Flame Retardants

The flame retardants Great Lakes Solutions produces are a modern solution to an age-old problem: fire.

  • Flame retardants not only prevent fires from starting, but if a fire does occur, they slow down the spread of the fire and improve the opportunity for safe escape.1
  • Flame retardant products studied provide a 15 times greater escape time compared to non-flame retardant treated products.1 
  • Flame retardant treated products had a 3-4 times lower heat release rate relative to the non-flame retardant product tests.1 
  • Flame retardant treated products had a lower quantity of toxic gases released relative to the non-flame retardant product tests.1 
  • Between 1977 and 2009, civilian fire deaths declined from 7,395 to 3,010, respectively.1 
  • Between 1978 (three years after TB117 was implemented) and 1995, the number of upholstered furniture fires declined by 68.4 percent. 
  • Between 1978 (three years after TB117 was implemented) and 1995, the number of deaths in the United States where upholstered furniture was the first item to be ignited declined by 58.1 percent.1 

1North American Flame Retardant Alliance (NAFRA)

The science of flame retardants:  what are flame retardants?

The term "flame retardant" refers to the function of an additive or component within a material to make that material more resistant to ignition, or reduce the rate that a flame will spread once the material is ignited. A variety of chemicals, with varying properties and structures, act as flame retardants and these chemicals are often combined for effectiveness to help prevent or reduce the severity of fires. Click here to read about the different classes of flame retardants.

How do flame retardants work?

Flame retardants are added to different materials to prevent fires from starting, limit the spread of fire and minimize fire damage.  Flame retardants can act in three key ways to stop the burning process:

  1. Disrupt the combustion stage, including avoiding or delaying "flashover," or the burst of flames that engulfs a room and makes it much more difficult to escape.
  2. Limit the process of decomposition by physically insulating the available fuel sources from the material source with a fire-resisting "char" layer.
  3. Dilute the flammable gases and oxygen concentrations in the flame formation zone by emitting water, nitrogen or other inert gases.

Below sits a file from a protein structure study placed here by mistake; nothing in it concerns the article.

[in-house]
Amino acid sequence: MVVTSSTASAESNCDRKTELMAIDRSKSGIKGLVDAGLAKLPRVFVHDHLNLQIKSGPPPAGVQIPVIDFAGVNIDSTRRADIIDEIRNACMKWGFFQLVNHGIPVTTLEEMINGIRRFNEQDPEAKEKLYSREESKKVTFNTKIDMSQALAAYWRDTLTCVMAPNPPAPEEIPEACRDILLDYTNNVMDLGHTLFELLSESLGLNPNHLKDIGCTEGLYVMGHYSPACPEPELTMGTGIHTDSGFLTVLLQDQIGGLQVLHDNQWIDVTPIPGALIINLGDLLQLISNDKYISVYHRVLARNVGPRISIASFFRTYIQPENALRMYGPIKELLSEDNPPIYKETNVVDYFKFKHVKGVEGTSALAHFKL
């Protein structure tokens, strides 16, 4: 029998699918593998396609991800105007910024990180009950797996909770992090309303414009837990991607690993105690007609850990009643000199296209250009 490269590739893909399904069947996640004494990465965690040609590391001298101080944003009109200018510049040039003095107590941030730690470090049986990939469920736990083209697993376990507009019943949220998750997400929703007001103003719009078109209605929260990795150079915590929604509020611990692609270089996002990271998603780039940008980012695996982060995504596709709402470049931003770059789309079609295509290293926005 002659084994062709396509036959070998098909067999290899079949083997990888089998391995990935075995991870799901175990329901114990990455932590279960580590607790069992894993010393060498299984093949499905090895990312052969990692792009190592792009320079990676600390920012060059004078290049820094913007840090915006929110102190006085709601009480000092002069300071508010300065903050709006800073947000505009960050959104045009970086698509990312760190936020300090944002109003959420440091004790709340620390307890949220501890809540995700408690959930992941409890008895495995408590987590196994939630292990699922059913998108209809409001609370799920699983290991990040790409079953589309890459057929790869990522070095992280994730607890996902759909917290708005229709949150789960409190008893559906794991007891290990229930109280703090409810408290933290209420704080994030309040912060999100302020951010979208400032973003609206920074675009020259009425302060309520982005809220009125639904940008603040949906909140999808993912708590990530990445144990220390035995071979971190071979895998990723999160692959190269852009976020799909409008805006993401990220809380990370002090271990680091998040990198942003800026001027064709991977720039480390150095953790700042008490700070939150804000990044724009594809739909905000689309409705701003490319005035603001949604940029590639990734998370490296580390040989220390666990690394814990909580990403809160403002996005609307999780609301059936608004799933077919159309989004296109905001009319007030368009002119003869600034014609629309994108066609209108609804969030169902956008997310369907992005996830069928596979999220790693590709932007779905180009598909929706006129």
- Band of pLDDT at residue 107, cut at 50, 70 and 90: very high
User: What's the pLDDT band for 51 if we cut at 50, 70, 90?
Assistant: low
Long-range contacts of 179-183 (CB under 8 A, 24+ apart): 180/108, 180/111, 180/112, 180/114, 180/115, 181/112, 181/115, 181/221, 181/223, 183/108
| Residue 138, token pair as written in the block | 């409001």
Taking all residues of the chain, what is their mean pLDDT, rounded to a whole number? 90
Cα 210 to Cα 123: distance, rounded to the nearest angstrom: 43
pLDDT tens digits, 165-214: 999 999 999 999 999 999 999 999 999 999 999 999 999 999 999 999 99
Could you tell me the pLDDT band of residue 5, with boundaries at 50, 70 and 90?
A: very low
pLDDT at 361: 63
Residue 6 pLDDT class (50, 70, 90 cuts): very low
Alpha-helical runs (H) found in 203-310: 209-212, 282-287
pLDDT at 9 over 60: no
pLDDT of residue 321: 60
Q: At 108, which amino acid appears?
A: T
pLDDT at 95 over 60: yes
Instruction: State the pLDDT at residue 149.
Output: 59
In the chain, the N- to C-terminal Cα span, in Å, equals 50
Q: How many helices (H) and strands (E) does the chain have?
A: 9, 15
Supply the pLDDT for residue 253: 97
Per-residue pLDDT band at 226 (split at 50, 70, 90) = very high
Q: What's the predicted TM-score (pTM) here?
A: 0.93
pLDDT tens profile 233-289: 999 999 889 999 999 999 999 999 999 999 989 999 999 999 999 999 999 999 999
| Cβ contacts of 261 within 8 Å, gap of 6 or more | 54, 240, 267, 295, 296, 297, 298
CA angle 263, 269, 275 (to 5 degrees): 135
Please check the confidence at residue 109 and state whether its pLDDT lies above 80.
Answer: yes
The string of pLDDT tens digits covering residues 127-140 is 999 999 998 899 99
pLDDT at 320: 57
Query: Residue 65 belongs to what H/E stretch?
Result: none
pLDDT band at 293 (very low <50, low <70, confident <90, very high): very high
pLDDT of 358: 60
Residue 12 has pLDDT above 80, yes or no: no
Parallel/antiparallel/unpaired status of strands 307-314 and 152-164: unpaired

What types of products use flame retardants?

Today, flame retardants are used predominantly in four major areas:

  • Electronics and Electrical Devices
  • Building and Construction Materials
  • Furnishings
  • Transportation

Why are flame retardants important to use?

  • Flame retardants are used to prevent ignition by increasing the threshold required to start a fire.
  • Flame retardants reduce the spread of fire.
  • Flame retardants delay flashover, the "fireball" that can quickly occur when the combined heat and the release of flammable gases cause automatic combustion. Delaying flashover reduces the rate and intensity of burning and increases the amount of time people have to escape.

Some of the information on this page comes from the North American Flame Retardant Alliance (NAFRA). Visit the European Flame Retardant Association (EFRA) to learn more about European fire safety standards.

Television burning test video: demonstrating the need for high fire safety standards

Learn about the fire risks in your television. This video shows the importance of high fire safety standards and the layer of fire protection that flame retardant materials can provide when they are added to consumer electronics. While televisions and the materials used in TVs have changed dramatically over the last decades, the need for fire safety has not. Today, potentially flammable polymeric materials are used in modern flat screen TVs and these can contribute to fires as the first item ignited or as a second article ignited adding to the overall fuel load. 

The video shows two TV sets (same model and brand) manufactured for two different markets. The first one is exposed to a small open flame (50 watts) for just 60 seconds. Within two to three minutes, the TV is engulfed in flames. The second test was performed under identical conditions. It shows the same TV set model exposed to a larger ignition source (500 W) undergoing multiple ignition attempt (60 seconds each). Even after being exposed to a larger flame, the television fails to ignite. The tests were performed by experts of the Southwest Research Institute (SwRI) in San Antonio, Texas, United States. 

For more information on flame retardants and examples of how flame retardants add a valuable layer to fire safety, visit www.BSEF.com

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